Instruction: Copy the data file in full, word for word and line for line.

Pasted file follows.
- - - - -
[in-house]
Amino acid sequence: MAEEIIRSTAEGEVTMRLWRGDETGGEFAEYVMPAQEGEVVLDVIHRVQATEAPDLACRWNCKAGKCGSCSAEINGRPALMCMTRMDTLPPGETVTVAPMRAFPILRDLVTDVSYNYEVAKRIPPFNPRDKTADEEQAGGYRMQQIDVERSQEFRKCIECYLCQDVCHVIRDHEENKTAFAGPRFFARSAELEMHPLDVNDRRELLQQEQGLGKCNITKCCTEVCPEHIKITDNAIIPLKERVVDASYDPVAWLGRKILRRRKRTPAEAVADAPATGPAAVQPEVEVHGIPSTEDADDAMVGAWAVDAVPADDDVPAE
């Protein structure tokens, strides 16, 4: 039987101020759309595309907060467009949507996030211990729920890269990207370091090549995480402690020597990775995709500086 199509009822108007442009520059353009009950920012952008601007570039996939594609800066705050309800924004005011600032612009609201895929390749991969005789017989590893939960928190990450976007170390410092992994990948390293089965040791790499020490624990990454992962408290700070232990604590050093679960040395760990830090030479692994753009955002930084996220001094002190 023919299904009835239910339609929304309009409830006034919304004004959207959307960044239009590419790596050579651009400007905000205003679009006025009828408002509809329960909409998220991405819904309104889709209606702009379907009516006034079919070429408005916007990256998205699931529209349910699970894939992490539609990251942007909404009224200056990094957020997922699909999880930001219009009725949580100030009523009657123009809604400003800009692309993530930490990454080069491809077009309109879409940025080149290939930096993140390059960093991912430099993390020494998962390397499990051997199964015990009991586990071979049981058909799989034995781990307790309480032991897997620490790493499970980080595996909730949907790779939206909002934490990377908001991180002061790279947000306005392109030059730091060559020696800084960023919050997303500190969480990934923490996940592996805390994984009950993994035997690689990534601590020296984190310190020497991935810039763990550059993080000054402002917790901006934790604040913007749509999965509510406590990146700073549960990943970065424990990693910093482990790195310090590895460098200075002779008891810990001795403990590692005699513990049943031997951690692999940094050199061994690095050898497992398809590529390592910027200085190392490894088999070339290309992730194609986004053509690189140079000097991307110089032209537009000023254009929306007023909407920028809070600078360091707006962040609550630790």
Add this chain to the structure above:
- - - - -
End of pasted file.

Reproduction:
[in-house]
Amino acid sequence: MAEEIIRSTAEGEVTMRLWRGDETGGEFAEYVMPAQEGEVVLDVIHRVQATEAPDLACRWNCKAGKCGSCSAEINGRPALMCMTRMDTLPPGETVTVAPMRAFPILRDLVTDVSYNYEVAKRIPPFNPRDKTADEEQAGGYRMQQIDVERSQEFRKCIECYLCQDVCHVIRDHEENKTAFAGPRFFARSAELEMHPLDVNDRRELLQQEQGLGKCNITKCCTEVCPEHIKITDNAIIPLKERVVDASYDPVAWLGRKILRRRKRTPAEAVADAPATGPAAVQPEVEVHGIPSTEDADDAMVGAWAVDAVPADDDVPAE
């Protein structure tokens, strides 16, 4: 039987101020759309595309907060467009949507996030211990729920890269990207370091090549995480402690020597990775995709500086 199509009822108007442009520059353009009950920012952008601007570039996939594609800066705050309800924004005011600032612009609201895929390749991969005789017989590893939960928190990450976007170390410092992994990948390293089965040791790499020490624990990454992962408290700070232990604590050093679960040395760990830090030479692994753009955002930084996220001094002190 023919299904009835239910339609929304309009409830006034919304004004959207959307960044239009590419790596050579651009400007905000205003679009006025009828408002509809329960909409998220991405819904309104889709209606702009379907009516006034079919070429408005916007990256998205699931529209349910699970894939992490539609990251942007909404009224200056990094957020997922699909999880930001219009009725949580100030009523009657123009809604400003800009692309993530930490990454080069491809077009309109879409940025080149290939930096993140390059960093991912430099993390020494998962390397499990051997199964015990009991586990071979049981058909799989034995781990307790309480032991897997620490790493499970980080595996909730949907790779939206909002934490990377908001991180002061790279947000306005392109030059730091060559020696800084960023919050997303500190969480990934923490996940592996805390994984009950993994035997690689990534601590020296984190310190020497991935810039763990550059993080000054402002917790901006934790604040913007749509999965509510406590990146700073549960990943970065424990990693910093482990790195310090590895460098200075002779008891810990001795403990590692005699513990049943031997951690692999940094050199061994690095050898497992398809590529390592910027200085190392490894088999070339290309992730194609986004053509690189140079000097991307110089032209537009000023254009929306007023909407920028809070600078360091707006962040609550630790």
Add this chain to the structure above: